Turkey’s venerable Jewish community, one of the few still left in the Muslim world today, comes under rigorous scrutiny in Marcy Brink-Danan’s Jewish Life in 21st-Century Turkey: The Other Side of Tolerance, published by Indiana University Press.
The author, a Brown University anthropologist, provides readers with a clear, comprehensive survey of a model minority.
Jews have lived in Turkey for more than 2,000 years, but the vast majority of its Jewish citizens are the descendants of 15th-century persecuted Spanish Jews who were offered asylum in the Ottoman Empire by a visionary sultan.
Jews in Turkey have enjoyed full citizenship since the formation of the secular Turkish Republic in 1923, “yet their patriotism and indigenousness are regularly questioned by Muslim Turks,” she observes.
She adds, “Jews in their everyday interactions with Muslim Turks are regularly assumed to be foreigners who are either recently arrived or on their way to somewhere else.”
Despite their Turkish citizenship and their full integration into Turkish society, they are regarded as yabanci (strangers or foreigners), she claims.
However viewed by Muslims, Turkish Jews were never forced to live in ghettos and were never persecuted in a wholesale manner, she points out.
During the Ottoman era, they were a tolerated minority, like Christians, and since the advent of the republic, they have been full citizens.
Mustafa Kemal Ataturk, the republic’s generally revered founder, had a high regard for Jews, praising them for their loyalty and assuring them that they would live in “comfort and happiness” in Turkey.
According to Brink-Danan, Turkish Jews have served the state in at least one important respect: “The Jews, in the role of the ‘good minority,’ serve as a powerful foil to the Armenian genocide discourse, enabling Turkey to display a history of cosmopolitanism and refute the bad press it so often garners over the genocide question.”
Judging by a survey she cites, most Turkish Jews consider themselves quite religious. Yet many of the Jews she encountered regard themselves as devoutly secular, in line with the tenets of the republic.
Given their Spanish ancestry, Turkish Jews are predominantly Sephardi, with surnames such as Amado and Ventura. And, of course, many elderly Turkish Jews speak Judeo-Spanish, or Ladino, a dying language that incorporates elements of Hebrew, Aramaic, Turkish, French, Italian and Greek.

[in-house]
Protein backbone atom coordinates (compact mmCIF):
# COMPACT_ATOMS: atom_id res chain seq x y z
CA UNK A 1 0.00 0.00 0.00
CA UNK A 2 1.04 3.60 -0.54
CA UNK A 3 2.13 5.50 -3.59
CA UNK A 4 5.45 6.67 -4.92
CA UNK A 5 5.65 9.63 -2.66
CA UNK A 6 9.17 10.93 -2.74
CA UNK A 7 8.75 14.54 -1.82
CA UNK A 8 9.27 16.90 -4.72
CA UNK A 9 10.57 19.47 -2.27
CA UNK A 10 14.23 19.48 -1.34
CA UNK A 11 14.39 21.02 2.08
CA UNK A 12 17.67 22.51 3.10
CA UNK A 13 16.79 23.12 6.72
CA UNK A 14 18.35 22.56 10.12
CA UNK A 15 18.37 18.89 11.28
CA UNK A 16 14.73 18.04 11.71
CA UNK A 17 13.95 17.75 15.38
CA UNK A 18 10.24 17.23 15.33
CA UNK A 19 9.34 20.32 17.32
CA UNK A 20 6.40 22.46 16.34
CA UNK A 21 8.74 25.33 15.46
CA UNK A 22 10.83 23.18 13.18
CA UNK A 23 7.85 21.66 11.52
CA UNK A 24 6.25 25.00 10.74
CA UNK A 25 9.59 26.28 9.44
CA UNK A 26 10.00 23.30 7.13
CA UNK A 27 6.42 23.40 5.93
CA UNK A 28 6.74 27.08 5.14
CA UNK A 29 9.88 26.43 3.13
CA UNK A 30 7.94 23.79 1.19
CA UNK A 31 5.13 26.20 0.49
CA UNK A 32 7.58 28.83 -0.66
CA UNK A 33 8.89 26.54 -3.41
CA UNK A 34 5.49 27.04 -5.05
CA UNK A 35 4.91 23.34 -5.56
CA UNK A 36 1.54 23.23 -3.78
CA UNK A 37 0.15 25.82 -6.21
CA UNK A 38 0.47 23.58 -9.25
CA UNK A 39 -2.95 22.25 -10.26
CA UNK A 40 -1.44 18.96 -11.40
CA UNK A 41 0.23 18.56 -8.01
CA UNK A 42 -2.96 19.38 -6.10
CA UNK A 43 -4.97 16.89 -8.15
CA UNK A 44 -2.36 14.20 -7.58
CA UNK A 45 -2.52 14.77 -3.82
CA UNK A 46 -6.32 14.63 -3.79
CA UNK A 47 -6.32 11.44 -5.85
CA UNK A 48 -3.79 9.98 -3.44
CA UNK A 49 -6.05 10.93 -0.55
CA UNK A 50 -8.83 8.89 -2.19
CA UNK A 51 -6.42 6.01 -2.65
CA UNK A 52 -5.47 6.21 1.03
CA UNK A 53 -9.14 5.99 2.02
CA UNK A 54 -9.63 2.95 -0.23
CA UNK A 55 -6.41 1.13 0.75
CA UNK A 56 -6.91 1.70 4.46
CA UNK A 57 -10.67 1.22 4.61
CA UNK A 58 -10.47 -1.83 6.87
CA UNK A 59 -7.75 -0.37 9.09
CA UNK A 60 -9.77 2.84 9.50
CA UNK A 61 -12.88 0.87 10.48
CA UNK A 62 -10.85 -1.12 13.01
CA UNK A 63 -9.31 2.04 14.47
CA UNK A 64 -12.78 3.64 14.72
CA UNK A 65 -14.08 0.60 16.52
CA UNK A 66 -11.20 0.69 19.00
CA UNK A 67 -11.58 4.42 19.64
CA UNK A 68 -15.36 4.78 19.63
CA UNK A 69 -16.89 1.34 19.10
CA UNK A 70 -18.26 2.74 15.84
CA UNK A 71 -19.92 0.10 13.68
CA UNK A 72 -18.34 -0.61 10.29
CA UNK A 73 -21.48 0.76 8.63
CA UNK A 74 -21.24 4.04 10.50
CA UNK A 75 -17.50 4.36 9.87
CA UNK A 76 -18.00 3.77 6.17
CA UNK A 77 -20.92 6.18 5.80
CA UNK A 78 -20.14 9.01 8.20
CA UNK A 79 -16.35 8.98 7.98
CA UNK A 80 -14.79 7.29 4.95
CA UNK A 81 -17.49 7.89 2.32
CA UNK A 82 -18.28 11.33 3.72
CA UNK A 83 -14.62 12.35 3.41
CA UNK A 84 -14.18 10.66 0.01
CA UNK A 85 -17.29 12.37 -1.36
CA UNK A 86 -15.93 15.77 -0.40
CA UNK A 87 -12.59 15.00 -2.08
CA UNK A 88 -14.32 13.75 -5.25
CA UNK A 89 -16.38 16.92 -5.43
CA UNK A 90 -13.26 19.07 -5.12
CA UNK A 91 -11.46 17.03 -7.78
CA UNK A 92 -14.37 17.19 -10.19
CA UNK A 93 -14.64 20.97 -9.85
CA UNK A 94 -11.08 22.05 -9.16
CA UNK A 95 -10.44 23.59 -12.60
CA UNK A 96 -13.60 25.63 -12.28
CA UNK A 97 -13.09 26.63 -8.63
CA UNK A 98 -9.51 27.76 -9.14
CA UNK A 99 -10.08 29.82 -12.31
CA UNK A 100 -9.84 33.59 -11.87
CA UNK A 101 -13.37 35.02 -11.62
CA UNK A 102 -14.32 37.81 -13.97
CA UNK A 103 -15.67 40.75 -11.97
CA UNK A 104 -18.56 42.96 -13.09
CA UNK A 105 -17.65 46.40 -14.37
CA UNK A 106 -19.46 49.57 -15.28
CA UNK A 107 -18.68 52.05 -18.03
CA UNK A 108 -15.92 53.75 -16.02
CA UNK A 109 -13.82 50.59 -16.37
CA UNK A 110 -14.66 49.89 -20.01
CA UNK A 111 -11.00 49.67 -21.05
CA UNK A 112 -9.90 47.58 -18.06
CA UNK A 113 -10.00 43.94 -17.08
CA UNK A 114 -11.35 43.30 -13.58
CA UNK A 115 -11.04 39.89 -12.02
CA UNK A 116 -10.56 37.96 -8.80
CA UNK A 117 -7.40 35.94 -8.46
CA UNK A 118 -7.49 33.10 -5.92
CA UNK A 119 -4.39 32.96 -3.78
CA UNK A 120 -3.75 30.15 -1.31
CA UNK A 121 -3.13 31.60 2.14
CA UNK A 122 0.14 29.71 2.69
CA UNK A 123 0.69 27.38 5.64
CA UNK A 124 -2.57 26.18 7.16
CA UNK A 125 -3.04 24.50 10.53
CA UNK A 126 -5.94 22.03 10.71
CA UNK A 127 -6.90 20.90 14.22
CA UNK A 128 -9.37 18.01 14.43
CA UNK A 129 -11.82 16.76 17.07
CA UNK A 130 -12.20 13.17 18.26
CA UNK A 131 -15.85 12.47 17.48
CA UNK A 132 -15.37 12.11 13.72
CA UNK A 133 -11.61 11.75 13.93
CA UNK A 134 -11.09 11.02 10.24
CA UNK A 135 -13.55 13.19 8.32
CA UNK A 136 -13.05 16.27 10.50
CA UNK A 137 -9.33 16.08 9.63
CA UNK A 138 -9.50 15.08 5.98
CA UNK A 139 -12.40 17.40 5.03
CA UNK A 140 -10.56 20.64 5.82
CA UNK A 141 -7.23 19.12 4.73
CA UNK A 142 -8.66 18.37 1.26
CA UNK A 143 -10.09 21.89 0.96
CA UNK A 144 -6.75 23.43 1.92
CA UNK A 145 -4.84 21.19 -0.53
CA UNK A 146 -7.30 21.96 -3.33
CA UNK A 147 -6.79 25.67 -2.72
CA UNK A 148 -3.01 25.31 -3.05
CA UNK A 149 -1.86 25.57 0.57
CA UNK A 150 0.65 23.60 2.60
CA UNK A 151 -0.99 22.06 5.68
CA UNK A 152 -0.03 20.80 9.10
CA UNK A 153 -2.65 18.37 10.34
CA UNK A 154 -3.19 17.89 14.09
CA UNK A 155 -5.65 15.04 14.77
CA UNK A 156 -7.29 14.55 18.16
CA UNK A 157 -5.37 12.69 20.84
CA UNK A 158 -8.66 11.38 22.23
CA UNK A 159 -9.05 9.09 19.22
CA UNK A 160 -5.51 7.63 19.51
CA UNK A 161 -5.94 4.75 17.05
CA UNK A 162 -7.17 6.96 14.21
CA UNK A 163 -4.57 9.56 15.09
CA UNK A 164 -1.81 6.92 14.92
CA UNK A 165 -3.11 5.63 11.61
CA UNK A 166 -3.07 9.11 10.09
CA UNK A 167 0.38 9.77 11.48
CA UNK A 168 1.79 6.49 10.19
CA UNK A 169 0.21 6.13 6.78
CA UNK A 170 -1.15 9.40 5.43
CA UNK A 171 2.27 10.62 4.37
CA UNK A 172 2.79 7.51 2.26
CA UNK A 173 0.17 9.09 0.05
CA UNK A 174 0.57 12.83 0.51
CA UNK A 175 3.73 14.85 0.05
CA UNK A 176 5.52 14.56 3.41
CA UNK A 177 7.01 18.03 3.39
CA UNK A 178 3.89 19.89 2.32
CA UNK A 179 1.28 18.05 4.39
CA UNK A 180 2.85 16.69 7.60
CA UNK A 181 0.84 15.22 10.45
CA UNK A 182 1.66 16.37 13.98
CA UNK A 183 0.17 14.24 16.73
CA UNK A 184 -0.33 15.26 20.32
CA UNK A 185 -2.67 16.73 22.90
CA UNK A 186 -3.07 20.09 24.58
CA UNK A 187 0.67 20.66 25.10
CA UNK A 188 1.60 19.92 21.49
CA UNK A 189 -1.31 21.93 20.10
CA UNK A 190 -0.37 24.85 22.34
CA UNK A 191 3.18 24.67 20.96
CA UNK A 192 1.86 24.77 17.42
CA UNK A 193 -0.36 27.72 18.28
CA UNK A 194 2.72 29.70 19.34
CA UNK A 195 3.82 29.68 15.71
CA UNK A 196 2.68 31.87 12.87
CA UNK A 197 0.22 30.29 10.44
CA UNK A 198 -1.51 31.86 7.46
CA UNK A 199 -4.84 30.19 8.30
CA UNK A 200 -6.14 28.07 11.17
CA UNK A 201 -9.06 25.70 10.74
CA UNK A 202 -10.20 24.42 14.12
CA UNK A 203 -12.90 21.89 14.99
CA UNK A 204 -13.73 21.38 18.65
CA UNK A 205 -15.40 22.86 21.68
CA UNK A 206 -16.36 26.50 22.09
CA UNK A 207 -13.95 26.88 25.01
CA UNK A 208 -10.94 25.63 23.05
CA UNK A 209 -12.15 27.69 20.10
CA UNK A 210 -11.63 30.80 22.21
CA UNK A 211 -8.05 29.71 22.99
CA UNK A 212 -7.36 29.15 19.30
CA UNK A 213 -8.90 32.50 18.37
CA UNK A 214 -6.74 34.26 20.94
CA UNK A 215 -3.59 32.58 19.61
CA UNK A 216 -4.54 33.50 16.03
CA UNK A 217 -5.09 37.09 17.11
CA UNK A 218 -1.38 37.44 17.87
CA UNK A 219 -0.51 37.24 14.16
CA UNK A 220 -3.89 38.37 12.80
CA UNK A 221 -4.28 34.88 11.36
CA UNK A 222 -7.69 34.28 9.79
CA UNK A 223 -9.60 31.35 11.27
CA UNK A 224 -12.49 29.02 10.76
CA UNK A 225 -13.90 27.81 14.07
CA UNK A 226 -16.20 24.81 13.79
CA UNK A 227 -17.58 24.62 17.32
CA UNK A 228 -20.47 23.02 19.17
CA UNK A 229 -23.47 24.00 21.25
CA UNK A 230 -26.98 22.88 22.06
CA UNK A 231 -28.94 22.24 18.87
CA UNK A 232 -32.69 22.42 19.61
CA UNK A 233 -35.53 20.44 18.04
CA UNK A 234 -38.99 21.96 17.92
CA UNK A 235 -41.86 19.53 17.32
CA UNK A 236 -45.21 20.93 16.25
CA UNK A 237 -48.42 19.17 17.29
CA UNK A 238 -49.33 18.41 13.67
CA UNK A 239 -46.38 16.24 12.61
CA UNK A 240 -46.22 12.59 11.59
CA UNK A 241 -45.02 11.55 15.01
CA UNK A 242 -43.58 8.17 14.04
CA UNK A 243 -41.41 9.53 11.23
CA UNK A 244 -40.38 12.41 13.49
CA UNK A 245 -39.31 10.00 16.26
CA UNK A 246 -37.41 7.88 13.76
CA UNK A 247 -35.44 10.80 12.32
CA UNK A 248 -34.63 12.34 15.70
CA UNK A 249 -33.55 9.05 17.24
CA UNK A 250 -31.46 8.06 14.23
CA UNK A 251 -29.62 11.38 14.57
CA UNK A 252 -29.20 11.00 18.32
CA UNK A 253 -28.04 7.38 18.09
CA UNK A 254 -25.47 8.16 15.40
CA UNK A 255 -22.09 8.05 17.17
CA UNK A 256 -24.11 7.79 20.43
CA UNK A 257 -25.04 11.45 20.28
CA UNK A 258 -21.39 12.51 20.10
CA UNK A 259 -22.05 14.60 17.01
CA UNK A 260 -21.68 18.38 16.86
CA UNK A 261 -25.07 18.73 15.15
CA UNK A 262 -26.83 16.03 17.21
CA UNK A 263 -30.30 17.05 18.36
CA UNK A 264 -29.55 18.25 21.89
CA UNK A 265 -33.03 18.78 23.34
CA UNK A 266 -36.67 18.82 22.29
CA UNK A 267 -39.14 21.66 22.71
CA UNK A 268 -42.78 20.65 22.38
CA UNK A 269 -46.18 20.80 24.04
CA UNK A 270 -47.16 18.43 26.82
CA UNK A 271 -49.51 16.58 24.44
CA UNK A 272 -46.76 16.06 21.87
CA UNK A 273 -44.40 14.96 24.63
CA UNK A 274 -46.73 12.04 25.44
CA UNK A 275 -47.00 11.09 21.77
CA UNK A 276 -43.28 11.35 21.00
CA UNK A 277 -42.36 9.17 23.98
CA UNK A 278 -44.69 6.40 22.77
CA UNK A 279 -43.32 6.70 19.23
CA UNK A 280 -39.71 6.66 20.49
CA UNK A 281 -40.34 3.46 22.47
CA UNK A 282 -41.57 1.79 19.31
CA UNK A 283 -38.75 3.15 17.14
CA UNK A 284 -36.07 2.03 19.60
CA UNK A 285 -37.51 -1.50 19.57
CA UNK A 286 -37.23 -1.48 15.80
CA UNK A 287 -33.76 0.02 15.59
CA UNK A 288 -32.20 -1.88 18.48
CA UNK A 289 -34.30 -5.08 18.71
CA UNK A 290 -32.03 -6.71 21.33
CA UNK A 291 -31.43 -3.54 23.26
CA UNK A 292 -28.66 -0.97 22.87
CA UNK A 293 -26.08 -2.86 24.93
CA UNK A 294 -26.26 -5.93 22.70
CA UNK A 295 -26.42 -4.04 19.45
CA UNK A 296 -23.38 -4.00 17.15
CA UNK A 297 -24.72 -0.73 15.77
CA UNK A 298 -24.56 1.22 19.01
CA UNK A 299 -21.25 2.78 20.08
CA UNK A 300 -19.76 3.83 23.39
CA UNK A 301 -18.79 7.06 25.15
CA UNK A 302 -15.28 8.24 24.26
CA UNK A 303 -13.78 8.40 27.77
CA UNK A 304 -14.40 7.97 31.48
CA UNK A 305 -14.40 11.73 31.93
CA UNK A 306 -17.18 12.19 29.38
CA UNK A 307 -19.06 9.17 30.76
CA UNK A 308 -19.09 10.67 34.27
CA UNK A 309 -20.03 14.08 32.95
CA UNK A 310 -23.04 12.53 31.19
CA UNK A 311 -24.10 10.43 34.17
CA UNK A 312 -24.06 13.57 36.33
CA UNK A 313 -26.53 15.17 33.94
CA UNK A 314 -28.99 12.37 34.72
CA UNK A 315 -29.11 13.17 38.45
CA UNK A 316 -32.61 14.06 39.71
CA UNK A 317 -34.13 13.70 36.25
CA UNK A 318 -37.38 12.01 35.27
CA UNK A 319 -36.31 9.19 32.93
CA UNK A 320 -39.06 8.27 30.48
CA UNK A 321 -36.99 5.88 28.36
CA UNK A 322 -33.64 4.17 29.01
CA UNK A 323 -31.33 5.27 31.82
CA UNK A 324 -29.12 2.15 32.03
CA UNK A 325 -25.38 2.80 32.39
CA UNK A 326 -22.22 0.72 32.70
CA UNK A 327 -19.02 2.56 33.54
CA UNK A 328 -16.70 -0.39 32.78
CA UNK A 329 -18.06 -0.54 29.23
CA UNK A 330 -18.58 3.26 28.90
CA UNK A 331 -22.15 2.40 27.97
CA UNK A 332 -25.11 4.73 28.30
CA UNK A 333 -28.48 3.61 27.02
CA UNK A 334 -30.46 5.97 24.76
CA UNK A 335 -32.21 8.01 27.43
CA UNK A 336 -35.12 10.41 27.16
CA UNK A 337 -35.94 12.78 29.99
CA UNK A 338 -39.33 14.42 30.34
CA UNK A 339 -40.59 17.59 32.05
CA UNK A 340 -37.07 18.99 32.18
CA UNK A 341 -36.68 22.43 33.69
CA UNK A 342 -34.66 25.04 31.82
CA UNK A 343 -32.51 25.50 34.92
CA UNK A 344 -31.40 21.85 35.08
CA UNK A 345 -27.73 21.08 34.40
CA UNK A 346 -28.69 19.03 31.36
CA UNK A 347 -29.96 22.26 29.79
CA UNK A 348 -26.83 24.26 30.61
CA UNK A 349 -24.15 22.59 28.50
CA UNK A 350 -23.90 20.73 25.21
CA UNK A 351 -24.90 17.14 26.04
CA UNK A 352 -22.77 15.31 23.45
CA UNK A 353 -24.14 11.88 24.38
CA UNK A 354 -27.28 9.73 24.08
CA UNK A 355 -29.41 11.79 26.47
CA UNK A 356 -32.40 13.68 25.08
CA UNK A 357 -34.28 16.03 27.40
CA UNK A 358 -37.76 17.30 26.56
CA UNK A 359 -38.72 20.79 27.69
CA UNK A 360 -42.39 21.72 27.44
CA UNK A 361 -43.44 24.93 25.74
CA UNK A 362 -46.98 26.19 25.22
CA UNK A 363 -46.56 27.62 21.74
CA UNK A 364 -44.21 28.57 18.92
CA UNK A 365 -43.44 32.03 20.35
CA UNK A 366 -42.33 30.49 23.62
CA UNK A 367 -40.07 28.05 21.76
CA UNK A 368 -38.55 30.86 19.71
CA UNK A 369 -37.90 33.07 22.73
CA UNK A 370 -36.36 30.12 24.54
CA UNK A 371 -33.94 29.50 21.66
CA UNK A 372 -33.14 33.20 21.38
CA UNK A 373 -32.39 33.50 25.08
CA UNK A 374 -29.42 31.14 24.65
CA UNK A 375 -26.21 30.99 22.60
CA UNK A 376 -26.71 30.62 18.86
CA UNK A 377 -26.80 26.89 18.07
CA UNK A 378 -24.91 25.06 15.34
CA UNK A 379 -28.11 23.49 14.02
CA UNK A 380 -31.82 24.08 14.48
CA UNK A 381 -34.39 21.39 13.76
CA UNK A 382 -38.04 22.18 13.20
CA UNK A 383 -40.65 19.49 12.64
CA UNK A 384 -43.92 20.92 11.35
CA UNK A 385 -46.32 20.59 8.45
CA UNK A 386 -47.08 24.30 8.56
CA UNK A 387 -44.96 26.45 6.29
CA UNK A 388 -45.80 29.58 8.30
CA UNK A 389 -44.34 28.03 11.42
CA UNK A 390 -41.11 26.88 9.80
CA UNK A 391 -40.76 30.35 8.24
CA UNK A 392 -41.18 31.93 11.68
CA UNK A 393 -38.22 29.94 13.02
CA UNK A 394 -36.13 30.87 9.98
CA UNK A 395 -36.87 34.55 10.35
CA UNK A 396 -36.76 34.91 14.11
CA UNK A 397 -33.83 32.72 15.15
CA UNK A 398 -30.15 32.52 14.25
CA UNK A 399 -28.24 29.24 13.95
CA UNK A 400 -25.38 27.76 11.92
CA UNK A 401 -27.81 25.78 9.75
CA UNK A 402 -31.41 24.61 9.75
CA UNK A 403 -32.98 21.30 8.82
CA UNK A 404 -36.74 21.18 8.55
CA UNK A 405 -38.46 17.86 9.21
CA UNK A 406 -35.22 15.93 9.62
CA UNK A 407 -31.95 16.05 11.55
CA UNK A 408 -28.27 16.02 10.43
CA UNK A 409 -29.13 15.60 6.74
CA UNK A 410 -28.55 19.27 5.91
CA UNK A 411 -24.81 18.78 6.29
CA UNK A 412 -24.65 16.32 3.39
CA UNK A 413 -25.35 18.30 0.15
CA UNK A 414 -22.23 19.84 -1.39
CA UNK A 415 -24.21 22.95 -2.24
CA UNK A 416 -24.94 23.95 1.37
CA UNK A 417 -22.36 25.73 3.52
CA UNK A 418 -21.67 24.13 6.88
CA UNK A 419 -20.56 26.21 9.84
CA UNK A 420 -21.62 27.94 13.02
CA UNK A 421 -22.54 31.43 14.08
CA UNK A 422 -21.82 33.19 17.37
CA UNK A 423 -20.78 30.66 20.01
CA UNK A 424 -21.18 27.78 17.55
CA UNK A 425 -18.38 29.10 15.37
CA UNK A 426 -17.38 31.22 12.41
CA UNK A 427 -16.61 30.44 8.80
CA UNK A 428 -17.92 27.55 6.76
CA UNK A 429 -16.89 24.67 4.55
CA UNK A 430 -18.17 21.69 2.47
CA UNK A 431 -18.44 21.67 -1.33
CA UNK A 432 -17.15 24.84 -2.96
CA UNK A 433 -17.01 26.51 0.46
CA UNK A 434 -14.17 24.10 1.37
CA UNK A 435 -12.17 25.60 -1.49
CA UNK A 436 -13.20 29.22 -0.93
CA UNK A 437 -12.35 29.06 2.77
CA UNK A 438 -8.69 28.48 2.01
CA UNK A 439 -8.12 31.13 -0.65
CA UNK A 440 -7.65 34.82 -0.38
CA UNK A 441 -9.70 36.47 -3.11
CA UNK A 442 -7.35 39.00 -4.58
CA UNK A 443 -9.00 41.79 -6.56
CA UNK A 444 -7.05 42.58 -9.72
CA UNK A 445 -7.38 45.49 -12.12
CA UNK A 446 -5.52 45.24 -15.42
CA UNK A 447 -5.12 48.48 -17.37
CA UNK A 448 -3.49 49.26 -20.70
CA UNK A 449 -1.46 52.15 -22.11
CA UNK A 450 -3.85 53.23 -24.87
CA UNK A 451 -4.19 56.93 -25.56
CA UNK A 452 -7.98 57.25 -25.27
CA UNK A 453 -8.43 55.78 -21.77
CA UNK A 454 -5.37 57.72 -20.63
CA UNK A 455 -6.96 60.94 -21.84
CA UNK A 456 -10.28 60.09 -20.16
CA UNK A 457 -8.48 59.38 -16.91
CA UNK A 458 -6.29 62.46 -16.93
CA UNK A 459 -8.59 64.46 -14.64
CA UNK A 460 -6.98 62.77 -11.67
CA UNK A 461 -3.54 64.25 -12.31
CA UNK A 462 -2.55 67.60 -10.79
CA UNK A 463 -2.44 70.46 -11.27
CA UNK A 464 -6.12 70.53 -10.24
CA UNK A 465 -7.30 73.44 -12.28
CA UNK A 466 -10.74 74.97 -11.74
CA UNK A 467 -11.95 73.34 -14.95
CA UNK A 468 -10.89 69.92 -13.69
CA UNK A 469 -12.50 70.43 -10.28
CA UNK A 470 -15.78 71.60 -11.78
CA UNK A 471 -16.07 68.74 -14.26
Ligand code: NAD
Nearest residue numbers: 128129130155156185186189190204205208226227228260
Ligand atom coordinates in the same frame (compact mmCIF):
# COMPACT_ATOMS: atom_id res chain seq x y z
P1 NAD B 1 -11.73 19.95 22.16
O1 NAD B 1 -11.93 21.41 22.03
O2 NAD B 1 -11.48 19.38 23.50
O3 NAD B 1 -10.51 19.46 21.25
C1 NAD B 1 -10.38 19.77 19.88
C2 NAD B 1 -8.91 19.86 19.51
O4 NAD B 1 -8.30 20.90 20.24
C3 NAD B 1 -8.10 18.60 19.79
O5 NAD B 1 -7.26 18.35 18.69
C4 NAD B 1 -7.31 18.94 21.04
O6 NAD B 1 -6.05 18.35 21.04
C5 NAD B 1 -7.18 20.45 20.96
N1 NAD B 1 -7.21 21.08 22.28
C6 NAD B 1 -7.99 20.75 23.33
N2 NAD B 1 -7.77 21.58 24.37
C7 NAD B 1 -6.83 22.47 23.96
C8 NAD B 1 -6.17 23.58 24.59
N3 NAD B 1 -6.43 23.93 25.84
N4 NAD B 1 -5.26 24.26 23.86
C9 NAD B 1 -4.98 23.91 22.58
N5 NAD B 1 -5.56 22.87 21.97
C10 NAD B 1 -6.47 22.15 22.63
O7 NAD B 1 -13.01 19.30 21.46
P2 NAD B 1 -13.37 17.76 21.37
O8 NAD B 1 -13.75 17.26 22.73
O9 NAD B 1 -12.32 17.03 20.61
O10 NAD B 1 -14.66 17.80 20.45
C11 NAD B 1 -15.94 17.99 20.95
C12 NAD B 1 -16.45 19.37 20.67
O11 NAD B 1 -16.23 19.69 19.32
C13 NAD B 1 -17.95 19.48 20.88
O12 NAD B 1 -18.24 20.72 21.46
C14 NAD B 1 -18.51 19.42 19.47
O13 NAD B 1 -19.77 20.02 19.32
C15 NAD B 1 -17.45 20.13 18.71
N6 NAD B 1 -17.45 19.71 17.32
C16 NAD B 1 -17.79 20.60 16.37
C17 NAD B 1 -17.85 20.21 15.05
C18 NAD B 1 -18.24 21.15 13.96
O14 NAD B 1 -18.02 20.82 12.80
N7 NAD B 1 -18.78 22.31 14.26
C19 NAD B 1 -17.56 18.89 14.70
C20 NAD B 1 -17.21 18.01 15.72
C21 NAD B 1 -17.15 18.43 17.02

Nonetheless, she notes, some Jews have Turkified their names, while others have replaced old names with purely Turkish names.
More than 90 per cent of Turkey’s 18,000 Jews live in urban areas, primarily in Istanbul, but also in Ankara, Bursa and Adana.
Before the emergence of Israel, Turkey was home to a much larger Jewish community. In her estimation, one-third of its members have emigrated since the advent of Israeli statehood.
In references to the “strong infrastructure” that underpins the community in Istanbul, she mentions its network of synagogues, schools and so on. But in almost the same breath, she suggests that this is a community in decline, given its low birthrate, aging population and mixed marriages.
“If prior to the 1960s intermarriage was quite rare, by 1992 marriages between Jews and non-Jews in Turkey was recorded at 42 per cent, with the rate of intermarriage nearly doubling between 1990 and 2001,” she writes.
In her view, the Jewish community lives with contradictions. As she puts it, “Jews in Turkey publicly celebrate a long history of coexistence and tolerance, yet live with ongoing security concerns bred by antisemitism and periodic attacks against… their institutions.” This, of course, is a reference to the three assaults that have been mounted against Neve Shalom synagogue in Istanbul by Islamic fanatics since 1986.
Brink-Danan suggests that Jews in Turkey keep a low profile, with the community being extremely reluctant to publicize its activities. “The consensus is that the slightest publicity might endanger the status quo.”
She goes on to say: “Throughout my fieldwork research, my Turkish Jewish friends advised me to follow their example and erase my own Jewishness from the public sphere, citing a list of ‘don’ts’ that sometimes seemed endless: don’t nail your mezuzah to the outside of the doorframe; don’t wear a Jewish star necklace, and, just in case, don’t tell your landlord you are Jewish.
“I constantly confronted the seemingly ironic claim Turkish Jews make of feeling at home in a country where Jewish difference is maintained in the private domain, while public space is seen as a universal sphere in which difference must be erased.
“Becoming Turkish, along with the fear of not being perceived as Turkish enough, has engendered a profusion of effacing social practices among Jews in Istanbul. Layered upon these assimilationist conditions, local antisemitism and the complicated relationship Turkish Jews have with Israel… generate an additional set of incentives to disappear.”
The lack of signage at all major Jewish community buildings in Istanbul is also a function of this mindset, she says.
Public support for Israel among Turkish Jews falls into the category of “the forbidden.” As she writes, “While opinions and emotions about Israel run deep among Jews in Turkey, I rarely observed a Turkish Jew advocating for Israel, or for that matter heavily criticizing Israel.”
Brink-Danan, in Jewish Life in 21st-Century Turkey, ventures beyond the bland and the predictable and produces a thought-provoking book about an intriguing Jewish community in a fascinating Muslim country.